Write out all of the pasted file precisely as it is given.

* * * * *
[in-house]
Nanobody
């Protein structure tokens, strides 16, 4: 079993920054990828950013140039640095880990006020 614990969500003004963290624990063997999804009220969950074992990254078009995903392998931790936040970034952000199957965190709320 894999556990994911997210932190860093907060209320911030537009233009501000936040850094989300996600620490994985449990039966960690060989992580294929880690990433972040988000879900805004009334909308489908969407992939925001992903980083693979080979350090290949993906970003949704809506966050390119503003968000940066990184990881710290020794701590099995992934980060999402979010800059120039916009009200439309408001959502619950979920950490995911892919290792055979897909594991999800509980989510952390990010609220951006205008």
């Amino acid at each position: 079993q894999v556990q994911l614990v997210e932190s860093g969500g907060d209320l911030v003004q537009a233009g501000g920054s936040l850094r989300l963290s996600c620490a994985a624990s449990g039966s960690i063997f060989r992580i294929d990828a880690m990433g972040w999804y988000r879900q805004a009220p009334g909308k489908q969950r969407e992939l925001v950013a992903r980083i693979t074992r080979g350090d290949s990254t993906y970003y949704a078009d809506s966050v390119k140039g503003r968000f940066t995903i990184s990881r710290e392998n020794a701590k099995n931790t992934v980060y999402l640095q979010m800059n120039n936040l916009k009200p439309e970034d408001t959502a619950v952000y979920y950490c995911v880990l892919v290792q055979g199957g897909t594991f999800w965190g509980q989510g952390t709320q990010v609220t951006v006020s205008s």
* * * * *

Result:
[in-house]
Nanobody
């Protein structure tokens, strides 16, 4: 079993920054990828950013140039640095880990006020 614990969500003004963290624990063997999804009220969950074992990254078009995903392998931790936040970034952000199957965190709320 894999556990994911997210932190860093907060209320911030537009233009501000936040850094989300996600620490994985449990039966960690060989992580294929880690990433972040988000879900805004009334909308489908969407992939925001992903980083693979080979350090290949993906970003949704809506966050390119503003968000940066990184990881710290020794701590099995992934980060999402979010800059120039916009009200439309408001959502619950979920950490995911892919290792055979897909594991999800509980989510952390990010609220951006205008």
């Amino acid at each position: 079993q894999v556990q994911l614990v997210e932190s860093g969500g907060d209320l911030v003004q537009a233009g501000g920054s936040l850094r989300l963290s996600c620490a994985a624990s449990g039966s960690i063997f060989r992580i294929d990828a880690m990433g972040w999804y988000r879900q805004a009220p009334g909308k489908q969950r969407e992939l925001v950013a992903r980083i693979t074992r080979g350090d290949s990254t993906y970003y949704a078009d809506s966050v390119k140039g503003r968000f940066t995903i990184s990881r710290e392998n020794a701590k099995n931790t992934v980060y999402l640095q979010m800059n120039n936040l916009k009200p439309e970034d408001t959502a619950v952000y979920y950490c995911v880990l892919v290792q055979g199957g897909t594991f999800w965190g509980q989510g952390t709320q990010v609220t951006v006020s205008s």